Here’s what’s in The Bank’s $100 cocktails
Would you drop $100 bucks for a single drink?
The Bank, the sleek new 30,000-square foot market hall downtown, is betting a Ben Franklin isn’t too steep for the connoisseurs it’s hoping to attract with a pair of “high society” tipples — a martini and a Manhattan — currently on the menu of the mezzanine bar.
“We wanted to adhere to something where it’s like,‘This is the most elegant and proper cocktail you can do,’” said The Bank’s beverage director Eric Van Valer.
So far, the second-floor lounge has sold eight of the specialty Manhattans and seven martinis in eight days, Van Valer said, bringing in $1,500 in sales.
The price sounds lavish, but it’s all about the ingredients, said Van Valer. The Manhattan is made from cult-favorite WhistlePig Boss Hog V rye whiskey, a limited-batch 13-year-old spirit finished in Calvados brandy casks. It sells for $500 a bottle, and its predecessor, Boss Hog IV: The Black Prince, won top honors at the 2017 San Francisco World Spirits Competition.
The whiskey — named in honor of the Vermont distiller’s pet pigs, not the fictional corrupt county commissioner Jefferson Davis Hogg of “Dukes of Hazzard” — is barrel-proof, meaning its not diluted after production, and hits home with an alcohol content of about 57 percent.
“It’s for the man’s man or the women among girls kind of whiskey drinkers,” said bar supervisor Devin Sheffey, with 50’s throwback swagger. “You’re definitely going to feel that winter warmth after drinking that one.”
The martini is made with Nolet’s Reserve Gin, which goes for $700 a bottle, a botanical concoction with notes of verbena and saffron and a golden-hued color. It’s mixed with Lillet fortified rosé wine and saffron bitters, and garnished with a grapefruit slice.
“Everything we add to the cocktails is going to accentuate the spirit and really liven it up as much as possible,” said Van Valer.
Each drink comes with a two-ounce shot pour instead of the typical ounce-and-a-half. Ingredients are painstakingly measured and stirred in crystal coupes retrieved with a ladder from the bar’s top shelf. The order is a show: It can take several minutes to prepare each glass, part of a deliberate production meant to attract attention, and maybe a bit of envy.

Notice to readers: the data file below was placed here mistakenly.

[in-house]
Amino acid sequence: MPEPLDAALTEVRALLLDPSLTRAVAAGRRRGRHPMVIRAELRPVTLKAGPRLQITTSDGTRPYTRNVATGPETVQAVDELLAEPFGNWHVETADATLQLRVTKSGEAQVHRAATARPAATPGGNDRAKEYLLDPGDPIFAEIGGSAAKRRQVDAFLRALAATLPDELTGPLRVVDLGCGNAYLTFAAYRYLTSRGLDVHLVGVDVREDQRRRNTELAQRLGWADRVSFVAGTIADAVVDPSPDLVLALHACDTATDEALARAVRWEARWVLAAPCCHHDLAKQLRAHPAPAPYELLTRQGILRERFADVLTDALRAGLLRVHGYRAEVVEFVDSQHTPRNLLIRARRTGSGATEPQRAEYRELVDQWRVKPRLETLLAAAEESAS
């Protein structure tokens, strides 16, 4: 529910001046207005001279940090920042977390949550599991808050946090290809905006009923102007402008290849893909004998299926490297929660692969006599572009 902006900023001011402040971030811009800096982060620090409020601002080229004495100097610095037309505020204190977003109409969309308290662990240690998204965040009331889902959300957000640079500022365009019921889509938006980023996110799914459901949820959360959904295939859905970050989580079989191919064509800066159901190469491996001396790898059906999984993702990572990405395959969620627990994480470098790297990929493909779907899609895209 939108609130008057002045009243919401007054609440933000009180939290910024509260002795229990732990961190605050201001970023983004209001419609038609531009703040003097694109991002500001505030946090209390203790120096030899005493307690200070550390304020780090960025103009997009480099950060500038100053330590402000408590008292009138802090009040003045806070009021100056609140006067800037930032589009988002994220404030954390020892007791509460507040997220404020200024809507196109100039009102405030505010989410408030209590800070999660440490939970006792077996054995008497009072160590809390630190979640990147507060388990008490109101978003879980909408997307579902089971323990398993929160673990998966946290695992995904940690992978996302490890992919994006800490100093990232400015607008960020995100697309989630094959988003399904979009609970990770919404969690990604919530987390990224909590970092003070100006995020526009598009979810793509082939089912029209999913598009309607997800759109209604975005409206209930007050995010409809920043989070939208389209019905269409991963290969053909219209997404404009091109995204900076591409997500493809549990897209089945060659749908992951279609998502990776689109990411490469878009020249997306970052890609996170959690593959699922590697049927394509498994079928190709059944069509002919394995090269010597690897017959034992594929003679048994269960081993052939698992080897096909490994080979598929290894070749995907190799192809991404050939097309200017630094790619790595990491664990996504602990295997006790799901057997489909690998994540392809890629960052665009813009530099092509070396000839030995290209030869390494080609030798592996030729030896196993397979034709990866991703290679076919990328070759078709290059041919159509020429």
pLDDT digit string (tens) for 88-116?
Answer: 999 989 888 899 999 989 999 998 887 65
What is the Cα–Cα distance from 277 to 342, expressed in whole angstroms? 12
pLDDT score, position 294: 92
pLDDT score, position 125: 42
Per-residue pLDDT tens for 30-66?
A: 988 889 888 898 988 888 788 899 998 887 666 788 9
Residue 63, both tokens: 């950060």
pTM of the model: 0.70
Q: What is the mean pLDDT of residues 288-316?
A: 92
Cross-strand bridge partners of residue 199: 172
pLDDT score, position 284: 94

“We want to give the guest that’s ordering those cocktails our full undivided attention and make sure that everyone recognizes who’s spending the big bucks and who came to drink like an adult that night,” Van Valer said.
The martini is smooth, with floral notes from the fortified wine and a spice from the gin that Sheffey likened to black pepper. As a finished drink, Sheffey said, it’s “a rainbow kaleidoscope of flavors.”
The Manhattan is more liquor-forward with tobacco notes from the bitters and a dark citrus aroma clearly traceable to the burnt orange peel. WhistlePig releases its upper-echelon rye once a year, meaning The Bank’s lone bottle likely won’t be replaced until September once it runs out.
The Bank’s exorbitant offerings aren’t the only expensive drinks in town.
The priciest cocktails at places such as Ella, Localis and Firehouse all fall south of $20, but midtown tiki bar Jungle Bird sells a $100 mixed drink dubbed the “Three Hour Tour.” It’s served in an elegant bowl meant to serve at least six people.
And if you break down the bottle price, The Bank’s Whistle Pig and Nolet aren’t that costly, per sip. Manhattans and martinis made from Bulleit rye and Hendrick’s gin, popular mid-range brands, would be available for $4-$5 in Sacramento’s ritziest bars if the same cost standard were used for them.